Work In Progress: “The Last Semester”

Dr.  Paul Pzbiackiy

President and Chairman of the Board

Hawthorne University


Dear Dr. Pzbiackiy,

Greetings from academia here at Hawthorne University. I trust you’ll interpret this letter as a hope for better education at our esteemed University, and not a basis for my termination, as my wife has described it.

Perhaps you can sandwich in my little story in between your chats with donors and other important people. It starts with a test I was giving my students, room 121, O’Leary Hall last Friday. Five minutes into my 100 point exam, there was a noise in the hallway akin to a dismantling of a building. My students were distracted from their educated guessing, and I believed I should investigate. There was no one in the hallway, so I concluded that workmen were rigging the basement with dynamite, called for by some faulty work order.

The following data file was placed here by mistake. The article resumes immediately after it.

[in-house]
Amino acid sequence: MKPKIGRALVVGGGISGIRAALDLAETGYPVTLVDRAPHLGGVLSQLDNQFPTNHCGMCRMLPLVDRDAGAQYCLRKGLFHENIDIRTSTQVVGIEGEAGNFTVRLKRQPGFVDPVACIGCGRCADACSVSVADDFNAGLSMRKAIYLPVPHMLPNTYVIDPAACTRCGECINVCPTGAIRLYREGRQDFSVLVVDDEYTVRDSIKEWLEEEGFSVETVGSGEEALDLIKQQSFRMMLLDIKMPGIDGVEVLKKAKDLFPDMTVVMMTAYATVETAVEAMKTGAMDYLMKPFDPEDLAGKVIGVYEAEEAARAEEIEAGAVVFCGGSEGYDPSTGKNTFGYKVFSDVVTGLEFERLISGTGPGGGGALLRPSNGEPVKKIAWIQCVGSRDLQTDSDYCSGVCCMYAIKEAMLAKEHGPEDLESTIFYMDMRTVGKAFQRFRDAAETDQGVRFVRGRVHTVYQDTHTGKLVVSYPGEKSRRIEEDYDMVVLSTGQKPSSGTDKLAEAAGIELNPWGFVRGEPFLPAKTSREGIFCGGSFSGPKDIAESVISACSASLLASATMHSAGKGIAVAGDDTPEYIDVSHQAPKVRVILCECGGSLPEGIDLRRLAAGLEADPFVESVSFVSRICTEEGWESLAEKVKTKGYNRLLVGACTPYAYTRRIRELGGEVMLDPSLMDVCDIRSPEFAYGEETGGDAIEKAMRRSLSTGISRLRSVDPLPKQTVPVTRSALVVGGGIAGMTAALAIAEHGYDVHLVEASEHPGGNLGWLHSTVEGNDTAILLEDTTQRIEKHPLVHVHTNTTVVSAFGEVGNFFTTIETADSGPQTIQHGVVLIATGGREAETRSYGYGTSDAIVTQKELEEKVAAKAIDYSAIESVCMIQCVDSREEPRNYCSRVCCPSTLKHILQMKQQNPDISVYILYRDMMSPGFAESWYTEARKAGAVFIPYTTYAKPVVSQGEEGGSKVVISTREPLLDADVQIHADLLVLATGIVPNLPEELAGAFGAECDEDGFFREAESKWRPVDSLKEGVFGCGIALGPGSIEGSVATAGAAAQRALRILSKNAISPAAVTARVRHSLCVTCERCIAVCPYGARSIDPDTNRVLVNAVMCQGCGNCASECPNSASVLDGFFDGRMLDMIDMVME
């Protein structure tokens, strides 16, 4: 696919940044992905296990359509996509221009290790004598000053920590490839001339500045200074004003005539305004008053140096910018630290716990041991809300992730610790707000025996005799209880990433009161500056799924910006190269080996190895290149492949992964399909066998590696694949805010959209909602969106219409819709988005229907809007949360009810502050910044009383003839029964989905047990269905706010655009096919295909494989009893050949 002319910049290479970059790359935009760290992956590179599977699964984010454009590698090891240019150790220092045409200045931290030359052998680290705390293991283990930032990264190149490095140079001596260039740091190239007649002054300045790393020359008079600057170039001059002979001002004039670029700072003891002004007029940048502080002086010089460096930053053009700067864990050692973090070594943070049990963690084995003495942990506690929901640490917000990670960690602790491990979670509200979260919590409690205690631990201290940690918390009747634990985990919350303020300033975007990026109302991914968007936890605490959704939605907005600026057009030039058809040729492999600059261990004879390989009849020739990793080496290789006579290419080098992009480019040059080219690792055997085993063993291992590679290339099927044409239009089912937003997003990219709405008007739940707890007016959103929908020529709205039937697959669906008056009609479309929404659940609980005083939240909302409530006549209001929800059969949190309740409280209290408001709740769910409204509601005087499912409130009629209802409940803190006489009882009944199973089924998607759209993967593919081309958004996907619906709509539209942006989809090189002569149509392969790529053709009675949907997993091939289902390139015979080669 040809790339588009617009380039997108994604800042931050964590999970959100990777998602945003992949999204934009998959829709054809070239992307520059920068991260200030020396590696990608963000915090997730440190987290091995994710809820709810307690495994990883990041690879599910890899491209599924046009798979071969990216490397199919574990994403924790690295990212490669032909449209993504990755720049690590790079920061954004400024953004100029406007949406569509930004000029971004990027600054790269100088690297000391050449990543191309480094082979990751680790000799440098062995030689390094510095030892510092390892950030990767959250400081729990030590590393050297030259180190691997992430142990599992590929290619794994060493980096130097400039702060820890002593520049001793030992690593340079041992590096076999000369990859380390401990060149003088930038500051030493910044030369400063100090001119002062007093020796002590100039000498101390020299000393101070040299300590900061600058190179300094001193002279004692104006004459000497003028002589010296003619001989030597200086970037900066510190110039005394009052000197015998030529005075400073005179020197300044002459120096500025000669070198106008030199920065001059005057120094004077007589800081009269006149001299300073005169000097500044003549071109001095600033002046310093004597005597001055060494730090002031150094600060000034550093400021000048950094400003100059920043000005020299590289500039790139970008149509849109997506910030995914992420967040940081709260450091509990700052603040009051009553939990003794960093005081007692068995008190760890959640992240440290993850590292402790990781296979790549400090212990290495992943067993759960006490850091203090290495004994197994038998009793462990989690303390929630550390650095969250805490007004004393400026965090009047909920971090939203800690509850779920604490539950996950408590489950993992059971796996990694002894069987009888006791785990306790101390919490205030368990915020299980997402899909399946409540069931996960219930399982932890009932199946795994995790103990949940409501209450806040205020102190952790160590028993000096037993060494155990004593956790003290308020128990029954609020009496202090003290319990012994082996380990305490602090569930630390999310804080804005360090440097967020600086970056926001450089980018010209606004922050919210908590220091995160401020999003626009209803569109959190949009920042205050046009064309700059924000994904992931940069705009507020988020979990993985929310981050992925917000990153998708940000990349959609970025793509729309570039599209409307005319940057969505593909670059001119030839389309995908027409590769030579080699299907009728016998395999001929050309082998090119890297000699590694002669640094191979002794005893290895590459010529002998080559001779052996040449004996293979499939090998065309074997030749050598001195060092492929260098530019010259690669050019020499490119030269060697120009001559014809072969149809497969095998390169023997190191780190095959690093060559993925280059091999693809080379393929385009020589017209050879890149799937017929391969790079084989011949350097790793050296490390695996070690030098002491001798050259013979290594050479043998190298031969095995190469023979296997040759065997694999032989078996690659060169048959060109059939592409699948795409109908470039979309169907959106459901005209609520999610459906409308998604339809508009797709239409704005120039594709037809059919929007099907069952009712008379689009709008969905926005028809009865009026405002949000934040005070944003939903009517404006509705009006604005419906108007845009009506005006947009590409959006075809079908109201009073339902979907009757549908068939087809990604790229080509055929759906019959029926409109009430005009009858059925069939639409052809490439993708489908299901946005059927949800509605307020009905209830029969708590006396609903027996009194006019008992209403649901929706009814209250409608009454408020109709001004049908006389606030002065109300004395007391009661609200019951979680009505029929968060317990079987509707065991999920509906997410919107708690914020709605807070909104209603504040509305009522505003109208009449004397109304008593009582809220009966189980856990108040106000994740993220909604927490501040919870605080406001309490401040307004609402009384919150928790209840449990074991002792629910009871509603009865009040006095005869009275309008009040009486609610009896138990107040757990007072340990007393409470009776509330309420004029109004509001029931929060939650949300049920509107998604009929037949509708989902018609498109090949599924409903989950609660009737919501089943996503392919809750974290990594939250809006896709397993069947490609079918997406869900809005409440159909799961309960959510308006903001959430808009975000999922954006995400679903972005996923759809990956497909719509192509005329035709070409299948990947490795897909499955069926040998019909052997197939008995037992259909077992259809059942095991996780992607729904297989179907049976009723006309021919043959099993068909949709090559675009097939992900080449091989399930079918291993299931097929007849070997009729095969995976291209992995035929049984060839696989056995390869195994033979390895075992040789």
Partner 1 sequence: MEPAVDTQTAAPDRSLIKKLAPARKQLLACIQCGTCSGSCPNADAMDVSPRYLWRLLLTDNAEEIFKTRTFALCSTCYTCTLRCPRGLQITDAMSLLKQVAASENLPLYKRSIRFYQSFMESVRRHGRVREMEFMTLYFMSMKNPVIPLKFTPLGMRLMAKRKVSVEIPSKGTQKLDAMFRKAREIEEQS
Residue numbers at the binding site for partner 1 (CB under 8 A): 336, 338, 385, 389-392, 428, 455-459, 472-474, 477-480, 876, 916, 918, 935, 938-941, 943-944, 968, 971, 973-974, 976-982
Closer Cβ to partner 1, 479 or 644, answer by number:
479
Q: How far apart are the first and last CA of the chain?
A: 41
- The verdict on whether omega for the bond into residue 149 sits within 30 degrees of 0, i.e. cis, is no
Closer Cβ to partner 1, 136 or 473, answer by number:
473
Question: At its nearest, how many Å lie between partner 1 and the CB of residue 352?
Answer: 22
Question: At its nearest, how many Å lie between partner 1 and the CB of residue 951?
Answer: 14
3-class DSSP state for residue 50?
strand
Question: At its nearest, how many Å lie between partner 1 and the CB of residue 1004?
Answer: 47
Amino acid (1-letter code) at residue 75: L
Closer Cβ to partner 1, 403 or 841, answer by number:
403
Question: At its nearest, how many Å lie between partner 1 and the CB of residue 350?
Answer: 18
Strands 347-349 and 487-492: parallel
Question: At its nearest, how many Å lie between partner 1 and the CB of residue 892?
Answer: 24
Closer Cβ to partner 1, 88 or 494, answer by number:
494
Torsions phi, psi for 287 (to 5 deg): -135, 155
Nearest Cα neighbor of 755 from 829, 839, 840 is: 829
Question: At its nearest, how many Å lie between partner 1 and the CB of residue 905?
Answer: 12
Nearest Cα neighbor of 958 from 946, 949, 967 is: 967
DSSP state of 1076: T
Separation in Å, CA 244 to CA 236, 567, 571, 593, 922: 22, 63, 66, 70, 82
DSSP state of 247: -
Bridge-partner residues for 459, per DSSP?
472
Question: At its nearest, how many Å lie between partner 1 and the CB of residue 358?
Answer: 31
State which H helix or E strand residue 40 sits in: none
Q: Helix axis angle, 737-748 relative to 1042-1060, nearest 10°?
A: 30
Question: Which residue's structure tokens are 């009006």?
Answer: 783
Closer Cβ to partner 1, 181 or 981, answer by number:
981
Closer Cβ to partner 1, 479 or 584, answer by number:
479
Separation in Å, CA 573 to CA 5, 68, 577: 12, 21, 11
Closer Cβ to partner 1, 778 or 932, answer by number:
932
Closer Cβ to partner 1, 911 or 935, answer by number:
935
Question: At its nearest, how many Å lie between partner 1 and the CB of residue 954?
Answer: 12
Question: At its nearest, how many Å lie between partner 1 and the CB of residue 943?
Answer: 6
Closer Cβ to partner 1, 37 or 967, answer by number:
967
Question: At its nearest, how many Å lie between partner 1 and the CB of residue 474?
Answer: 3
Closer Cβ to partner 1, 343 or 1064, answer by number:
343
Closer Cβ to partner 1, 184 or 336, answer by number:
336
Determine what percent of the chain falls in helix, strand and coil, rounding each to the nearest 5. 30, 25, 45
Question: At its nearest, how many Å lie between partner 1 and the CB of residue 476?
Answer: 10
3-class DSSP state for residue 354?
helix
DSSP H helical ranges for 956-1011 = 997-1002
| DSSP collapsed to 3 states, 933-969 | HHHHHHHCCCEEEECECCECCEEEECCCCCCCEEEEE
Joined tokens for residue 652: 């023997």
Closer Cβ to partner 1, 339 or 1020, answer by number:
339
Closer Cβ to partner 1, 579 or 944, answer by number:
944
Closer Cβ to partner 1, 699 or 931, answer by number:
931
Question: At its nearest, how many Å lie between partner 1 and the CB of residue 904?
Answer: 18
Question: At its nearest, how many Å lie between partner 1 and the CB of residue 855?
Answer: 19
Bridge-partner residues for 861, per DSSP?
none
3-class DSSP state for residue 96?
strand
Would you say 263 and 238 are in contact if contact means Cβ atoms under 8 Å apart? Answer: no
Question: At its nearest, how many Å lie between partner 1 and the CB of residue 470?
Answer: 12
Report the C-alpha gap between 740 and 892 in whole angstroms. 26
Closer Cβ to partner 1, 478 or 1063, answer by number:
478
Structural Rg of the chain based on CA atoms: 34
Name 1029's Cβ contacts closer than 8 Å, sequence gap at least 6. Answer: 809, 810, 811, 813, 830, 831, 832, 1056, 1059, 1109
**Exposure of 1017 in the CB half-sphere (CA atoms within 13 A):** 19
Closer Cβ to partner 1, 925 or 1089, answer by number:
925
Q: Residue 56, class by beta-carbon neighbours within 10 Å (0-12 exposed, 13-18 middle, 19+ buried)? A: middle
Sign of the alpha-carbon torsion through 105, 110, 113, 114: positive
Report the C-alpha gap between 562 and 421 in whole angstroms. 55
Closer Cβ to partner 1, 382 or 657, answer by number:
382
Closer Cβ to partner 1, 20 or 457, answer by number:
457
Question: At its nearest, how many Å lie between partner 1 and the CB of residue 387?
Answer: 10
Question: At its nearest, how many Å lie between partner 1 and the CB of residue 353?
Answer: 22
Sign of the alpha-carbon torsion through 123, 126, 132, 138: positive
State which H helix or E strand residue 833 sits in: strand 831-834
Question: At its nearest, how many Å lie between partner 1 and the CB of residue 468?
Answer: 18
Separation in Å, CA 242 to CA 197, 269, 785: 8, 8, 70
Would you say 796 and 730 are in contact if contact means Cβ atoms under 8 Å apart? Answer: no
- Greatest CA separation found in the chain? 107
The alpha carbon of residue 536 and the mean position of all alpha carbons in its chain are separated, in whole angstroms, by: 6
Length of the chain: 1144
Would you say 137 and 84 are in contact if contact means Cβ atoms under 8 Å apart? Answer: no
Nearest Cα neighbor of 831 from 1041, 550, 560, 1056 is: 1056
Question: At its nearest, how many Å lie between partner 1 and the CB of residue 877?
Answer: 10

Indeed, I found two workman, on step ladders, armed with pneumatic devices, creating dust and uproar in the room below my classroom. They stopped when I approached, and shut off their tools. I told them I was giving a test in the classroom above, and could they pause for about 45 minutes until we were finished.

My fellow adjuncts accuse me of obsessing with details in the large scope of higher education. Therefore, they didn’t express concern, as I did, with the three long seconds of silence delivered by the workmen in response to my request.

Perhaps, I could have waited longer before stating that I was judging the effectiveness of my teaching here at Hawthorne, and I said “it’s what we do here.” They responded that they fix the furnaces here and said “it’s what we do here.” I sensed conflict.

I went to an office on the second floor and confronted what appeared to be a secretary, doing what she did here. I asked who could stop the noise of destruction in the basement. Her belly laugh implied no one could. Then she said that no one could.

“You’re the fifth one to complain,” she said.

Dr. P…., I wouldn’t bring this little complaint to you, even with my obsession for details, but I ask you, can three seconds of silence in response to a request to act in favor of students over machines, indicate that these two maintenance men had missed the seminar on our university’s Mission and Purpose?

I hope the answer is no more complex than that.

Dane Zeller

Adjunct Instructor

Hawthorne School of Business

Hawthorne University (Go Hawks!)

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